As was recently underscored by Alla Vlazneva, official spokeswoman for the pro-Moscow prime minister of Chechnya, Stanislav Il’yasov, the pro-Moscow leadership now insists that all of the estimated 150,000-160,000 Chechen refugees currently living in neighboring Ingushetia must return to their home republic by the end of June at the latest. “Those who do not go back by the end of June will receive no compensation in July,” she warned (Kommersant, May 29). To date, Vlazneva reported, a mere 354 Chechens have moved from Ingushetia to newly opened refugee facilities in Chechnya. Refugee camps, she noted, have been opened in the following locations within Chechnya: Argun, Znamenskoe, Sernovodsk and Assinovskaya. By the end of June, five new refugee centers are to be opened in these locations plus an additional ten in the Chechen capital (Moscow Times, May 31).
In seeking to bring about a mass influx of refugees into Chechnya, Moscow and the Il’yasov government are employing a combination of carrots and sticks. As the refugees in Ingushetia informed journalist Natal’ya Konovalova of Novye Izvestia (May 25 issue), those who return to Chechnya are being promised 15 rubles a day plus compensation for their property and lost possessions. Unfortunately, in many cases, “Nothing is being paid them there, and they cannot return [to Ingushetia] because the Ingush branch of the [Russian] Nationalities and Migration Ministry refuses to register them in Nazran a second time” (Moscow Times, May 31). “On television,” one refugee, Aslan Berzhanov, told a Finnish journalist, “they said that the construction of houses destroyed in the war had begun in Grozny and there was a great shortage of labor. It was not true” (Helsingin Sanomat, May 29).
Besides employing a number of carrots–some of them apparently rooted in untruth–the Russian government has also been using a variety of sticks. A number of Chechen refugees had located a temporary place to live in the homes of the Ingush. Previously these Ingush homeowners had been offered subsidies for the housing of refugees; now such subsidies have been withdrawn, on direct orders from Moscow. One Ingush owner of a livestock farm in Karabulak, responding to government pressure, has demanded that 200 Chechens who had been living and working at his farm immediately quit the premises. As a result, “About 200 refugees will soon find themselves on the street and will be forced to return to Chechnya” (Novye Izvestia, May 25).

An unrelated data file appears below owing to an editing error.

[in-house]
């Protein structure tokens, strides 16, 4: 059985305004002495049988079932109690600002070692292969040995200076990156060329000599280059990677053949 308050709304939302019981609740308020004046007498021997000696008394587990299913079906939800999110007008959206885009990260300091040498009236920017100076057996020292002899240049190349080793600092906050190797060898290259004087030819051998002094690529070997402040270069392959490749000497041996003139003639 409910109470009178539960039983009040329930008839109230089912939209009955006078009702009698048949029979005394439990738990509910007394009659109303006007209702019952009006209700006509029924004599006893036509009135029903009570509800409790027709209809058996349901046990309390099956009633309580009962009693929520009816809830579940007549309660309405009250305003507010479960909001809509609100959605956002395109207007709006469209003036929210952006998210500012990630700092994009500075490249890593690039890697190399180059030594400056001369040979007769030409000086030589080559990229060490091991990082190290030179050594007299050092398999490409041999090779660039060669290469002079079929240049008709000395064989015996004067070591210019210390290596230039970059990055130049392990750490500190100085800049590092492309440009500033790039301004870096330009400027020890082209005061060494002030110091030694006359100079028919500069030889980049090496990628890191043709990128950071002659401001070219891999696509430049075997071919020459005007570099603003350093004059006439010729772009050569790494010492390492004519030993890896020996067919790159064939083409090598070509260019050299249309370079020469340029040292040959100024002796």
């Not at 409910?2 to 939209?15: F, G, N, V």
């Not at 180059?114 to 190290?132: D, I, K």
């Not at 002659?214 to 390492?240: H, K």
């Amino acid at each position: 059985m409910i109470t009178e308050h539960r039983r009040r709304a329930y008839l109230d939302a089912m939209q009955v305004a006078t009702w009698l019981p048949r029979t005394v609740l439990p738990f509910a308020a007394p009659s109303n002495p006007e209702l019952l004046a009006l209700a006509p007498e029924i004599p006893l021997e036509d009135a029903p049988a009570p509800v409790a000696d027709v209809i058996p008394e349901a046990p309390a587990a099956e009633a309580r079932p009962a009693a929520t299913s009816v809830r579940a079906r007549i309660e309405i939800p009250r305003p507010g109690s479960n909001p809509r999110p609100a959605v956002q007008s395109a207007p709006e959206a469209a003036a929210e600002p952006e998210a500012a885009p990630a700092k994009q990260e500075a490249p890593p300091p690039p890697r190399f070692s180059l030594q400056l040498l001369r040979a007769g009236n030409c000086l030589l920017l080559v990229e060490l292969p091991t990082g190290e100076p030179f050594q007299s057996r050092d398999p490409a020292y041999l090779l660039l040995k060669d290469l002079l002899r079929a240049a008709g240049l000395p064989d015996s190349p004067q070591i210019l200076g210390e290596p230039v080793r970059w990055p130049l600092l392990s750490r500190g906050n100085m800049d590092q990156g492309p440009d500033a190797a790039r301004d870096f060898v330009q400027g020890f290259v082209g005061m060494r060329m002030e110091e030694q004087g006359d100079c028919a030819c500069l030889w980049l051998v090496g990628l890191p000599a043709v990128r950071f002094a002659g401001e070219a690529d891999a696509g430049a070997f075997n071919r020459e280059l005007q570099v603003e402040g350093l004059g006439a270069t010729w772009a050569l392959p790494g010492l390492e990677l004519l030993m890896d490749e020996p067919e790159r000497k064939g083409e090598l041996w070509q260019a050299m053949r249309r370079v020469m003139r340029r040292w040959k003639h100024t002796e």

Another weapon the Russian authorities have wielded has been the curtailment or significant reduction of food made available to the refugees. At the Karabulak refugee camps in Ingushetia, “the distribution of hot meals ended three months ago.” Now only bread, “brought by the Russian Red Cross,” is offered. At the beginning of May, the Russian authorities announced that they would take over responsibility for distributing food in the refugee camps. Trucks of the Danish Refugee Council have since then not been permitted to enter the camps. The available evidence, however, suggests that the Russian government has generally not been feeding the 50,000 refugees living in tent camps in Ingushetia (Helsingin Sanomat, May 29).
Given the enormous pressure being exerted on them to return home, why are the Chechen refugees resisting doing so? Finnish journalist Mika Parkkonen and Russian journalist Natal’ya Konovalova recently interviewed a number of refugees concerning precisely this question. According to refugee Aslan Berzhanov, he and his wife, who is nine months pregnant, recently moved from a tent camp in Karabulak back to Djohar. Two weeks there proved enough, and they returned to Ingushetia on May 27. “Their home had been bombed and lay in ruins. Also, the Russian army was still conducting daily cleanup operations.” “Whenever there is an explosion or shooting,” Berzhanov noted, “the soldiers come and close down the whole area. They arrest all young men whose faces they do not like. Each time someone disappears.” One Chechen woman, Zerdat Muzaeva, traveled to Chechnya to have a look at her home town two weeks ago. The local Russian military commandant had been assassinated by rebels, and the soldiers had then come and arrested four young men who were washing a car. For the sake of safety, she decided to leave Chechnya (Helsingin Sanomat, May 29).